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  1. Opinion

Editorial: Transit campaign off to hopeful start

Supporters of Pinellas County’s November transit referendum should be encouraged by a new poll that shows strong support for funding expanded bus service and a new rail system as part of a modern transportation system. While the election is 11 months away, the poll results offer a road map to Pinellas officials on how to present a compelling case — and a hint at how Hillsborough County could move ahead in helping develop a regional system.
Published Dec. 30, 2013

Supporters of Pinellas County's November transit referendum should be encouraged by a new poll that shows strong support for funding expanded bus service and a new rail system as part of a modern transportation system. While the election is 11 months away, the poll results offer a road map to Pinellas officials on how to present a compelling case — and a hint at how Hillsborough County could move ahead in helping develop a regional system.

The poll by the Tampa Bay Times, Bay News 9 and AM 820 News Tampa Bay found that 55 percent of Pinellas registered voters support the transit plan, which calls for a 1 percent sales tax for transit that would replace a current property tax for transit. Another 36 percent said they would oppose the measure, and 9 percent were unsure. Though the poll's margin of error means that support could be slightly less than an actual majority, the numbers are still strong with just more than one-third of the voters opposing the plan.

The results show a promising base of support for Greenlight Pinellas supporters to build on in the coming year, and they reflect the impact of a public information campaign that got an early start in presenting the transit package in clear and practical terms. One key finding in the poll is that support for the referendum remains constant, from young adults to seniors. That broad support is vital, and it speaks to the growing understanding that voters have of mass transit's importance to the future of Florida's most densely populated county.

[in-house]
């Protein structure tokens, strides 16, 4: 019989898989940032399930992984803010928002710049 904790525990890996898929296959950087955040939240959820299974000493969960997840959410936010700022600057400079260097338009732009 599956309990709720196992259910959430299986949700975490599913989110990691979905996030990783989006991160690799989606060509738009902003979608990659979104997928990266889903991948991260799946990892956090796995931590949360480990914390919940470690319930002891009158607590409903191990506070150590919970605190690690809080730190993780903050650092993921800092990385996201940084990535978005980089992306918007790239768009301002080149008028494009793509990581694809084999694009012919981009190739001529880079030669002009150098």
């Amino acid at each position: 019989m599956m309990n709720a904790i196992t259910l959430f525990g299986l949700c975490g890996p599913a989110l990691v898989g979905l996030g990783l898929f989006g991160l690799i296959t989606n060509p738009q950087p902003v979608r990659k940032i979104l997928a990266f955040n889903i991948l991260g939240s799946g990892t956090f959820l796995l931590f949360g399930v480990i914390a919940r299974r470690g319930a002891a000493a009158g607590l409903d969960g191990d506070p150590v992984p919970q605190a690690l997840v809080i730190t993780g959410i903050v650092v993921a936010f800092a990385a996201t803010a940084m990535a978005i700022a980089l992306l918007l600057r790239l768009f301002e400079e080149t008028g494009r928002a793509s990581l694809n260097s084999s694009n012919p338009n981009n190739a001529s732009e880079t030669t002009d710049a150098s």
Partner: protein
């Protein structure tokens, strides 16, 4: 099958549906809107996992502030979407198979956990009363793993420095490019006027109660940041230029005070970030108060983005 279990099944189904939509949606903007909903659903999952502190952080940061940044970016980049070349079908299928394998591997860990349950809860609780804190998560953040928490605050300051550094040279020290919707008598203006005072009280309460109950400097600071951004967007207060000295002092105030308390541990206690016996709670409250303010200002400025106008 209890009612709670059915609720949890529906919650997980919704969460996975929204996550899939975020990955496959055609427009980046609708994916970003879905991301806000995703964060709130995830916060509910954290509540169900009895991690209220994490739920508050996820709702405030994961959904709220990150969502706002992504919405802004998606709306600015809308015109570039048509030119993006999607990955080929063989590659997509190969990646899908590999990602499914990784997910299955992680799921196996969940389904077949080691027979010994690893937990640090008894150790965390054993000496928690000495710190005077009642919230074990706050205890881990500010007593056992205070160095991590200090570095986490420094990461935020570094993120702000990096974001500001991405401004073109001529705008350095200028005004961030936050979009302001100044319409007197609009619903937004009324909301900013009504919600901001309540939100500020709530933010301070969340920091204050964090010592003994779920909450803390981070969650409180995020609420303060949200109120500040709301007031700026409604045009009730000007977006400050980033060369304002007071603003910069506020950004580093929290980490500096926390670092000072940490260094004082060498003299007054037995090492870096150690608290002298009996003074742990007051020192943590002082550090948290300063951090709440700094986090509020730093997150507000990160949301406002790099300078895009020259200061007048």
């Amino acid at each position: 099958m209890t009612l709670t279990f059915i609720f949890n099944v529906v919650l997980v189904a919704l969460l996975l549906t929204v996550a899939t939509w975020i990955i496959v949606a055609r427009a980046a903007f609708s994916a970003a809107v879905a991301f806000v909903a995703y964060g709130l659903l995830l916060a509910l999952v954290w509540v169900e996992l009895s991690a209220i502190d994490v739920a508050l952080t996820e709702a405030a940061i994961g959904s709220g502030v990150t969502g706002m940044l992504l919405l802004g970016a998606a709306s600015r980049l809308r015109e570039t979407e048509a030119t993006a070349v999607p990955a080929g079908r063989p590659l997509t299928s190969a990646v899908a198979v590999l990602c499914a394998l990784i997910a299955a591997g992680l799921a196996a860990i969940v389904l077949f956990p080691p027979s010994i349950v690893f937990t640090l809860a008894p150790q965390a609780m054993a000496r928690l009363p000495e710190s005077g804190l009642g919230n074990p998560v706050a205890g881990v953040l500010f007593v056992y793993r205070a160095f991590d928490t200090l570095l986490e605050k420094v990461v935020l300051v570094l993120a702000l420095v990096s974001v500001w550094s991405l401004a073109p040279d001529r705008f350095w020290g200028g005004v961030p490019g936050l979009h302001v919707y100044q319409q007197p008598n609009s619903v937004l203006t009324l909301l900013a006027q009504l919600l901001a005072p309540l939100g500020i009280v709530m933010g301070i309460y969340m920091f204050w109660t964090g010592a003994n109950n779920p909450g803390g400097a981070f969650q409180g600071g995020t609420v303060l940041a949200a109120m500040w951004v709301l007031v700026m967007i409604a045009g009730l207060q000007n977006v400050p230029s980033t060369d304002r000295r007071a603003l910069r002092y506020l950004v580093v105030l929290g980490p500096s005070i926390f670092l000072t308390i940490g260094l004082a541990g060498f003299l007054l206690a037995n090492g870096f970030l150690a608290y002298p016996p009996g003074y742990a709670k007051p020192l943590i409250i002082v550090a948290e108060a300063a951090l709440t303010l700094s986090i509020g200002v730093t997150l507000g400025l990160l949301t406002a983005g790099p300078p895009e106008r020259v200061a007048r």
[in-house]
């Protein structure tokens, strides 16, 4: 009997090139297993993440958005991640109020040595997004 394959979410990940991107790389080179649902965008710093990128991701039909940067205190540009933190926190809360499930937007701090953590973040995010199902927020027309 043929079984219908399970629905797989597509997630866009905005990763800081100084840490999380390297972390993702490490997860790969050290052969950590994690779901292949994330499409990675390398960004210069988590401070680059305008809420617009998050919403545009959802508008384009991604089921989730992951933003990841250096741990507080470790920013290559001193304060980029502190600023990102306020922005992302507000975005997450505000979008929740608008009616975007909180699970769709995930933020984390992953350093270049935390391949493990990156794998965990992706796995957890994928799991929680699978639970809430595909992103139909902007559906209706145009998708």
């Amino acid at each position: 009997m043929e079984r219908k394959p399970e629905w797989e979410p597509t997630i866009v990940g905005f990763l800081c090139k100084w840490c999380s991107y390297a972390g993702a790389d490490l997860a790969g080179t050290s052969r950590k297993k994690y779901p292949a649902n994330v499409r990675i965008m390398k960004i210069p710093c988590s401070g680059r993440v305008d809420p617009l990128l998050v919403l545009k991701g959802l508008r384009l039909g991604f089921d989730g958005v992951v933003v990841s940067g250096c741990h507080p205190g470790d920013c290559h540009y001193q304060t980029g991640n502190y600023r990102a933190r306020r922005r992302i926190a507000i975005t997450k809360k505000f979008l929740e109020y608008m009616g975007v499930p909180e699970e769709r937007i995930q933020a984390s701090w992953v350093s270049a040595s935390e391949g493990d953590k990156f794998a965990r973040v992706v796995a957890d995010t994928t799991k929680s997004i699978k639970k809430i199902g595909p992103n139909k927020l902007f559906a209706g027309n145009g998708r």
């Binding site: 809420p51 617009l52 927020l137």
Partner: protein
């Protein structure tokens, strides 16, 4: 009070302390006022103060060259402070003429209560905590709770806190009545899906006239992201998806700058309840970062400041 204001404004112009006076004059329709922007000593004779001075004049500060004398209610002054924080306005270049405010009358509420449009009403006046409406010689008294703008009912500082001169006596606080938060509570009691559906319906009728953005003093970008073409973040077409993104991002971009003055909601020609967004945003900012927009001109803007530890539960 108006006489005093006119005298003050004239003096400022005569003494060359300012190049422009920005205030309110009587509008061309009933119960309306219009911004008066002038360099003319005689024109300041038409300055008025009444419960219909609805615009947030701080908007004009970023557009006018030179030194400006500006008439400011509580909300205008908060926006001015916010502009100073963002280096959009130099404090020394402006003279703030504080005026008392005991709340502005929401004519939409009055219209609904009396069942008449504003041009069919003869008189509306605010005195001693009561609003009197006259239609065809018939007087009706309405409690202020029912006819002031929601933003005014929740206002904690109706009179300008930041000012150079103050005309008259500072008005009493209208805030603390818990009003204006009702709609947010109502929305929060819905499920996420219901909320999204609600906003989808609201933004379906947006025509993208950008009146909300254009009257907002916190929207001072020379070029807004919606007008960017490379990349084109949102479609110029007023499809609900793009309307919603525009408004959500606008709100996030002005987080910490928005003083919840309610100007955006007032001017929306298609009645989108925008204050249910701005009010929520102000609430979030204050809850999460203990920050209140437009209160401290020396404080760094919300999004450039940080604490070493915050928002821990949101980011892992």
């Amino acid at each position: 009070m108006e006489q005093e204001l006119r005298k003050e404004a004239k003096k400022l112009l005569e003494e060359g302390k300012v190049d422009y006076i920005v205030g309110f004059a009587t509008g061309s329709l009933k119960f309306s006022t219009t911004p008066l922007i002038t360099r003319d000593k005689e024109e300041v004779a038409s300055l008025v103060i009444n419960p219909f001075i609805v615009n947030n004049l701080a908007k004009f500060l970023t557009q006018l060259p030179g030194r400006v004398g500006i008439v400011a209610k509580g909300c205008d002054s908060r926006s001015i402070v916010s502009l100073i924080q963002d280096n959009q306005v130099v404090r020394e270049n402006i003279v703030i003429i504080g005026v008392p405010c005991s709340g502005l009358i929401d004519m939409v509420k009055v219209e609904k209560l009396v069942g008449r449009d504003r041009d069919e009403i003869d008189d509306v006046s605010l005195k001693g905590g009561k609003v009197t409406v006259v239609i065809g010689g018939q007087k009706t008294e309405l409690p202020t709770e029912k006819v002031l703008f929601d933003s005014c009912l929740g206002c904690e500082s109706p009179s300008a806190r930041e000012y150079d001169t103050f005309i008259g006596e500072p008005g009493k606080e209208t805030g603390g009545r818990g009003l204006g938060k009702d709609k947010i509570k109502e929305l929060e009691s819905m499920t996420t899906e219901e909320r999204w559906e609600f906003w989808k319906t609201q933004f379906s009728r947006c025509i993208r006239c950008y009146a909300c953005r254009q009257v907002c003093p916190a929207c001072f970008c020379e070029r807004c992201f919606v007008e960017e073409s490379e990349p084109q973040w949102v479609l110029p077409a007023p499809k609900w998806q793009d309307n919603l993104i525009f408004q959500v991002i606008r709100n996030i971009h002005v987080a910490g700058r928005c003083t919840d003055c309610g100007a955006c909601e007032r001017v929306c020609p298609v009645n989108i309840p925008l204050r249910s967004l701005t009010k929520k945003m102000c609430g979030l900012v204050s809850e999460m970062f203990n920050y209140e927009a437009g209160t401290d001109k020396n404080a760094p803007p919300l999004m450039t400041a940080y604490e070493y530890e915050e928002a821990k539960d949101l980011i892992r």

Going forward, public officials need to work with the private sector in continuing to push the merits of Greenlight Pinellas. The plan calls for expanding bus service and building a 24-mile rail line between downtown St. Petersburg and downtown Clearwater. The project will make it cheaper and easier to navigate Pinellas, bring development and jobs along the rail line, and could be the initial hub of a rail link over the bay. On that score, Hillsborough has a lot at stake, too, and Tampa Mayor Bob Buckhorn is sending the right messages by declaring his support for the Pinellas effort and working in Hillsborough to bring a similar transit plan to the table.

More elected leaders in Pinellas need to step up. One major reason Hillsborough's transit package failed in 2010 was that only two elected leaders, then-Tampa Mayor Pam Iorio and County Commissioner Mark Sharpe, had the courage to take on the antitax crowd. With area residents still uncertain about the economy, officials will need to make a pocketbook case why the referendum will make for a better quality of life, better jobs and a better future. This poll at least shows that supporters will be speaking to a receptive audience.

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